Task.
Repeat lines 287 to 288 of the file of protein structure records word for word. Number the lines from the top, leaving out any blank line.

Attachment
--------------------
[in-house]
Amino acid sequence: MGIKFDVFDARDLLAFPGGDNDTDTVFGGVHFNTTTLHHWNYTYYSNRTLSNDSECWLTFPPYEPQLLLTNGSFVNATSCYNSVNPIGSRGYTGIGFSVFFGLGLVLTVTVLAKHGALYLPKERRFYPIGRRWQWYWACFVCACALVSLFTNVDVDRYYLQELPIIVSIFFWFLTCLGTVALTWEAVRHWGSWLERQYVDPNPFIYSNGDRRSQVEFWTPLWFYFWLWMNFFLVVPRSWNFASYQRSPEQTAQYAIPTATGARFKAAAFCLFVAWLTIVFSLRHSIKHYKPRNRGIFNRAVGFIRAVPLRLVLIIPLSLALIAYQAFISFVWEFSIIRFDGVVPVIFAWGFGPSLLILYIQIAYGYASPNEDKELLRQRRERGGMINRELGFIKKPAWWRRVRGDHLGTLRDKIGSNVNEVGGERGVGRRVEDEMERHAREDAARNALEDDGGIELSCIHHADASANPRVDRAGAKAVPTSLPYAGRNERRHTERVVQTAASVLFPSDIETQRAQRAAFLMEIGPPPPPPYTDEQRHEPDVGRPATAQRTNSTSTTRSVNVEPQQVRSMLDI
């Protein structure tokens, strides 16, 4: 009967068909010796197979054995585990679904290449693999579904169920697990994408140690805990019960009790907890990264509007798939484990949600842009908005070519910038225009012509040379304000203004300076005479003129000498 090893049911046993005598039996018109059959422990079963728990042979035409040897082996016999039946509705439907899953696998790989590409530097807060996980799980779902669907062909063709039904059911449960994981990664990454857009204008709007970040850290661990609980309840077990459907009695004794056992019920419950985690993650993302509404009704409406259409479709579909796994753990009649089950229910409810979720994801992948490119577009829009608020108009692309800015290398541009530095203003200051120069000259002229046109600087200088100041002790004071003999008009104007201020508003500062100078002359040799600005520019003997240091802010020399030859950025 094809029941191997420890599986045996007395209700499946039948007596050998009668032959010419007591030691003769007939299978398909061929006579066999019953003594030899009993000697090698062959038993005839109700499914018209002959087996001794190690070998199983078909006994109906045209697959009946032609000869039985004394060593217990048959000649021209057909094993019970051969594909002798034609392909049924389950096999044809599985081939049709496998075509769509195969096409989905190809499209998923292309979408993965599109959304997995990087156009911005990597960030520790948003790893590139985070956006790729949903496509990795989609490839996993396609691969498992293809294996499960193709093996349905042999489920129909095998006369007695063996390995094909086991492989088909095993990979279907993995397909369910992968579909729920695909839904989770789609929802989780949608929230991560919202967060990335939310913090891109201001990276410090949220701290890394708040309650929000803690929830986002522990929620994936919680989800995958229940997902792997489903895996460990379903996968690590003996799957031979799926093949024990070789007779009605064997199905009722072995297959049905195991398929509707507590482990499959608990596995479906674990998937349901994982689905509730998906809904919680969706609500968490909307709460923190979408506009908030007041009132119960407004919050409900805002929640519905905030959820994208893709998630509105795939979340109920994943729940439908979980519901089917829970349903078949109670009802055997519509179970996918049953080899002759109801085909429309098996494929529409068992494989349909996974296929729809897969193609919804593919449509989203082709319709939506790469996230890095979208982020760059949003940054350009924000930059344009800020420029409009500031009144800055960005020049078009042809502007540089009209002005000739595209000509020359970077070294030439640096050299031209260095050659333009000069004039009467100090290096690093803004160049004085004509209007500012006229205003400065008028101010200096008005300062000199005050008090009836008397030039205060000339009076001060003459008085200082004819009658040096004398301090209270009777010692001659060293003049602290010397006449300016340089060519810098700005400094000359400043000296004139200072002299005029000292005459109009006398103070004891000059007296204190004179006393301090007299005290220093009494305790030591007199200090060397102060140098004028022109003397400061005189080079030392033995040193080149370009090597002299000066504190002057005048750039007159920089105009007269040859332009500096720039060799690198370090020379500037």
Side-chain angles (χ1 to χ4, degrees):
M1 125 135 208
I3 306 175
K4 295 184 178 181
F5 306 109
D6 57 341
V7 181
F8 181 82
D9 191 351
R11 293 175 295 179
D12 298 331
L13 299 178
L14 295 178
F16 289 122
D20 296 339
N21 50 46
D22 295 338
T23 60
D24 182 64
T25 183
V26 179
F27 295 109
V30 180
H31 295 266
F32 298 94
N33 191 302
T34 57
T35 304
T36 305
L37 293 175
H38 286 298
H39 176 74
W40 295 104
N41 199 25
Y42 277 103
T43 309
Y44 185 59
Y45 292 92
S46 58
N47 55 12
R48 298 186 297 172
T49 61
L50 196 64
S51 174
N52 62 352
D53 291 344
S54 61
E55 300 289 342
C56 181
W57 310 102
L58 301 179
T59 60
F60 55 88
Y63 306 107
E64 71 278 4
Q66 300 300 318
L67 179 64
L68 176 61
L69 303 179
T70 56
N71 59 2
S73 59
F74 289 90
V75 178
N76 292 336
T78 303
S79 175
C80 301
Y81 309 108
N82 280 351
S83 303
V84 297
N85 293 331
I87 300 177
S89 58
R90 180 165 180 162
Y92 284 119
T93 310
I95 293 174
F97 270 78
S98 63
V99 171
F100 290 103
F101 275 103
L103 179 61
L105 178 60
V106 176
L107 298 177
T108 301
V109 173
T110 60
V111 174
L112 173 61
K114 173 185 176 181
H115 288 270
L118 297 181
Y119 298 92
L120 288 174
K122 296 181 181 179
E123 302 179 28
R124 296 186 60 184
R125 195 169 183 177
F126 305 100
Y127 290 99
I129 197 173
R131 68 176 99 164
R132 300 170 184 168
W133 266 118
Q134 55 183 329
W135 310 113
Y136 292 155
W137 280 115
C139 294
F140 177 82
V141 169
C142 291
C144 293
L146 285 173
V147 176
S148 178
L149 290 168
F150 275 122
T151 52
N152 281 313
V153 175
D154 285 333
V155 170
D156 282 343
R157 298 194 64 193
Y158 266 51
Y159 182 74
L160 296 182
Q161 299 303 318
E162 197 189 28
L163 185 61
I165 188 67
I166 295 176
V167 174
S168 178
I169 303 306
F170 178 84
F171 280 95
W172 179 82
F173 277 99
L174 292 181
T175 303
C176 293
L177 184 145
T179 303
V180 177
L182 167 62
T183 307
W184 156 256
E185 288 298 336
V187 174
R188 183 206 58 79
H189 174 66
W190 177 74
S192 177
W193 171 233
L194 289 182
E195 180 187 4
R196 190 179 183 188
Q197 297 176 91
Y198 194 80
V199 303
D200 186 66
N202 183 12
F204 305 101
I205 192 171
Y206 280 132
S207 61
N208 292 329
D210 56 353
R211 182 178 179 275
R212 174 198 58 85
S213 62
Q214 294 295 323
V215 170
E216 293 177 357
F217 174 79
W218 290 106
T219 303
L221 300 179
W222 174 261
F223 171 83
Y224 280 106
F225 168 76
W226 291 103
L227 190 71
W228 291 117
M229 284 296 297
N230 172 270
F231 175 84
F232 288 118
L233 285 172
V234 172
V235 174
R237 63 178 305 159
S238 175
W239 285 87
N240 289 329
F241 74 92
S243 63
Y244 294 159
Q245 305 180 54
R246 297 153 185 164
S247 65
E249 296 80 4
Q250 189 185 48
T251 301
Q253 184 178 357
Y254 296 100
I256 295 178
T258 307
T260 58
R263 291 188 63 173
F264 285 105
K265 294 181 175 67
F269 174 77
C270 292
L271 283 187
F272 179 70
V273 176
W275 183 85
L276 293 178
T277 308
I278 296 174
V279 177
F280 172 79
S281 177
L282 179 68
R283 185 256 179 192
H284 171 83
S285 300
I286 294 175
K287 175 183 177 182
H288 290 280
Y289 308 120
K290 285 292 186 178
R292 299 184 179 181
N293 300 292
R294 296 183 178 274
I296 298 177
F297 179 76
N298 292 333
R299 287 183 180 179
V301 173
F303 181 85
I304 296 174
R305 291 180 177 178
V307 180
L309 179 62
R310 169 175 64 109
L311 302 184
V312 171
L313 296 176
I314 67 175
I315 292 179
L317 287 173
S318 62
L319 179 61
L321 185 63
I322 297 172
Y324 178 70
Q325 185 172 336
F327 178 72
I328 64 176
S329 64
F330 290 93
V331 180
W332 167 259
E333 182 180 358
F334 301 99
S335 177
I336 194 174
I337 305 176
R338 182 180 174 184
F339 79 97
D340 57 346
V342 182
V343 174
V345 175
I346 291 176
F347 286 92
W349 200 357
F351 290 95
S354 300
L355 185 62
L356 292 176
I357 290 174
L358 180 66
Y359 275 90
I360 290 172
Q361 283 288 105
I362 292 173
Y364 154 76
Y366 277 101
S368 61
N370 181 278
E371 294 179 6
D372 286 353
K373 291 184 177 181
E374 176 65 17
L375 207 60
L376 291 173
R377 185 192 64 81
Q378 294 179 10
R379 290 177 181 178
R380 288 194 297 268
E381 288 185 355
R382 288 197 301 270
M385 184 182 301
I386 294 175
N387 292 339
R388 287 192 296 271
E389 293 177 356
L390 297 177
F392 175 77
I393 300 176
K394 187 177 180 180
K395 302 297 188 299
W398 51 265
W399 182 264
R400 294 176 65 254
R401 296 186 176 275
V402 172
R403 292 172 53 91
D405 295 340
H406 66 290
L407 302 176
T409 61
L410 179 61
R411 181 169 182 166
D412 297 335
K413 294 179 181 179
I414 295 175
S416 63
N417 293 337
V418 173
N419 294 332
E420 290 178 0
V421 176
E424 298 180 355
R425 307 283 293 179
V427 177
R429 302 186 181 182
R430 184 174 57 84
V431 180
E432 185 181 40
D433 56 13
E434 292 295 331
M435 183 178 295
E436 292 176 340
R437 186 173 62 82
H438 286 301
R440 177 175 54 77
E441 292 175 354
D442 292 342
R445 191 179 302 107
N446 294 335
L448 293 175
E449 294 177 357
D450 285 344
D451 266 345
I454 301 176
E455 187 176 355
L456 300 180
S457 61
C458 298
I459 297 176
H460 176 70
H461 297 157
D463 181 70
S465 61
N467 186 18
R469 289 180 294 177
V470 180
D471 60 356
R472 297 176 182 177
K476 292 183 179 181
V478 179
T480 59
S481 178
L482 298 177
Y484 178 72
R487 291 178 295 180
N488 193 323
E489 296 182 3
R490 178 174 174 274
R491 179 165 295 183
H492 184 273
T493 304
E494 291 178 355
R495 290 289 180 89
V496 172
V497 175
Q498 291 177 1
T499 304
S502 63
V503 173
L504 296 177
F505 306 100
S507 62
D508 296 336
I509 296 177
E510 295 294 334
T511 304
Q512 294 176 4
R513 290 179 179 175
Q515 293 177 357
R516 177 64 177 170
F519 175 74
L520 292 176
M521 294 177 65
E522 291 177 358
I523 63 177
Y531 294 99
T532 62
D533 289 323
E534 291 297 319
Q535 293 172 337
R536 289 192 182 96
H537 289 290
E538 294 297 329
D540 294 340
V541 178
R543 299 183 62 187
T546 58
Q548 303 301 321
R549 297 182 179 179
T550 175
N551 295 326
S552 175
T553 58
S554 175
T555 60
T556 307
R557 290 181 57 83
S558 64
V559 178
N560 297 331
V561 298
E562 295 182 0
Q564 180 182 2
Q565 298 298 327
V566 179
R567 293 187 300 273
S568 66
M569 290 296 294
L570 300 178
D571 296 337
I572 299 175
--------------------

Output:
I346 291 176
F347 286 92